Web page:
Kampala- The Electoral Commission has announced that the next presidential and parliamentary elections will be held anywhere between January 11 and February 9, 2021.
Parliamentary candidates will be nominated on August 12, 2020, a week before presidential contenders are chosen on August 20.
Releasing the 2020/21 strategic plan and election roadmap in Kampala yesterday, the Electoral Commission chairman, Justice Simon Byabakama, said they are willing to deliver a “fair and transparent” ballot as long as other stakeholders meet their part of the bargain.
“To achieve the above, the commission appeals to the government, particularly Cabinet and the Legislature, to ensure timely amendment and or enactment of the relevant electoral laws, including considerations of recommendations [by] the Supreme Court,” he noted.
Supreme Court judges, in their verdict on the Amama Mbabazi petition challenging President Museveni’s re-election in 2016, raised 10 issues for the Executive and Parliament to fix through legislation.
These included revising the timeframe for filing and determining a presidential election petition, associated nature of evidence to be adduced, the duration within which to hold election in the event of an annulment and regulation on technology use in voting.
Other matters the justices asked the two arms of government to prescribe in law included access and use of the public broadcaster (Uganda Broadcasting Corporation), right timing for enacting required legislation, donations during campaigns, role of public officers in vote canvassing and that of the Attorney General in election petitions.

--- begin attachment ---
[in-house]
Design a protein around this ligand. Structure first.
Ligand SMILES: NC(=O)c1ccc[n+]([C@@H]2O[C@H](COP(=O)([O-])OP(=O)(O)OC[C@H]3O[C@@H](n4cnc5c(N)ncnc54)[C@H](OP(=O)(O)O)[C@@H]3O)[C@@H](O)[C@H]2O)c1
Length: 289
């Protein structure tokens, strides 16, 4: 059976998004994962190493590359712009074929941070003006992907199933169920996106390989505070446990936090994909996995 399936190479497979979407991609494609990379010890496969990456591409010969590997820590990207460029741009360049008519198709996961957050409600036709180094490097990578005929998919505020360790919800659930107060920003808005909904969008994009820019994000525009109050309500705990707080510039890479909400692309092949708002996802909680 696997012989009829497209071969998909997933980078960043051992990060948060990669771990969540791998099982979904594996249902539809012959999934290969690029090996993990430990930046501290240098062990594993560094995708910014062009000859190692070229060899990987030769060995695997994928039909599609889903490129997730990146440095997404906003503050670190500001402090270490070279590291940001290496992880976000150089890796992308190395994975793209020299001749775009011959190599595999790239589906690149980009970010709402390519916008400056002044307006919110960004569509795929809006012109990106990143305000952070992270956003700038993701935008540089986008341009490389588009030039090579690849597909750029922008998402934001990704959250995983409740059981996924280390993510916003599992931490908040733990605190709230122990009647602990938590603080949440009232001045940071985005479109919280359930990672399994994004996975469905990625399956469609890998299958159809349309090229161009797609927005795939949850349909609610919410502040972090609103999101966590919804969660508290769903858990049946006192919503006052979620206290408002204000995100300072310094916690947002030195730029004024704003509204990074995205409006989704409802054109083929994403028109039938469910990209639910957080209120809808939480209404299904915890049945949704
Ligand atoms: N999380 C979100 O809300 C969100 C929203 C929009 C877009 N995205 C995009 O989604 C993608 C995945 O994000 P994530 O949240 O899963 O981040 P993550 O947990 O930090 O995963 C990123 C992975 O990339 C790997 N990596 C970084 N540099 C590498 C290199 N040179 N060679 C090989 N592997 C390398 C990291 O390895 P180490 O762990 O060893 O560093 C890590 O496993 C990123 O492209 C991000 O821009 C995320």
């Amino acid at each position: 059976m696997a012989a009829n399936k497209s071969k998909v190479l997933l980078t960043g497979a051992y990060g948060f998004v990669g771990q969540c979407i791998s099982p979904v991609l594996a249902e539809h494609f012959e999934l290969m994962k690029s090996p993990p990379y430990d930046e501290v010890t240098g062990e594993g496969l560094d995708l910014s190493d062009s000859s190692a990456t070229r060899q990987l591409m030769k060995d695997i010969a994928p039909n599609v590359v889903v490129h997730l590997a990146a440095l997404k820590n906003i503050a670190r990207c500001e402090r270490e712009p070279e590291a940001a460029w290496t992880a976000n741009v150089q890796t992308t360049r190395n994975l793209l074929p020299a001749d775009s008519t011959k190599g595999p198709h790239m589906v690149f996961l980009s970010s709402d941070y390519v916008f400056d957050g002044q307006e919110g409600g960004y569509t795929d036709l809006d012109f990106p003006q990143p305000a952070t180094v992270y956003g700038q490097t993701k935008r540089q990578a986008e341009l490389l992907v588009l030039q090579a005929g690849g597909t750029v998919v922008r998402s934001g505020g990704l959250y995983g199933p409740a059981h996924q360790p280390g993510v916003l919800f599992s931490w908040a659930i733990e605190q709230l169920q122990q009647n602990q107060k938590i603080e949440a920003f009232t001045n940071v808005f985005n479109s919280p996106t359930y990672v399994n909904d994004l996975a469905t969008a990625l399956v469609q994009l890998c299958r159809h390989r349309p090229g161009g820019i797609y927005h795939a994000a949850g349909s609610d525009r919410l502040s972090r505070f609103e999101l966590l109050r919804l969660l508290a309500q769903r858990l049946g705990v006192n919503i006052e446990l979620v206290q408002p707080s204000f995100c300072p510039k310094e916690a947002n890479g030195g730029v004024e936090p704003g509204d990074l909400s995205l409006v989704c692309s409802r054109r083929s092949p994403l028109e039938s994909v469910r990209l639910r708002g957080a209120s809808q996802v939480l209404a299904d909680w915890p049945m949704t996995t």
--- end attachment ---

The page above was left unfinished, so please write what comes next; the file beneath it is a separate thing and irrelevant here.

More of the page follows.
The Supreme Court ordered the Attorney General, as the government’s chief legal adviser, to follow up on the implementation of the recommendations but he still has not reported on the status, even after the two-year threshold period the court gave him to update it lapsed.
At yesterday’s function, Mr Byabakama said adherence to the proposed electoral reforms are “very important and urgent” to build confidence among election stakeholders and strengthen the commission’s institutional capacity to manage the next polls better.
He said amendment in electoral laws “will have to take into consideration the electoral roadmap, the procurement timeframes in accordance with the Public Procurement and Disposal of Assets (law) requirements...and the impact on overall election budget.”
Prime Minister Ruhakana Rugunda, who launched the new EC roadmap, promised government’s legislative and financial support “within the resource envelope.”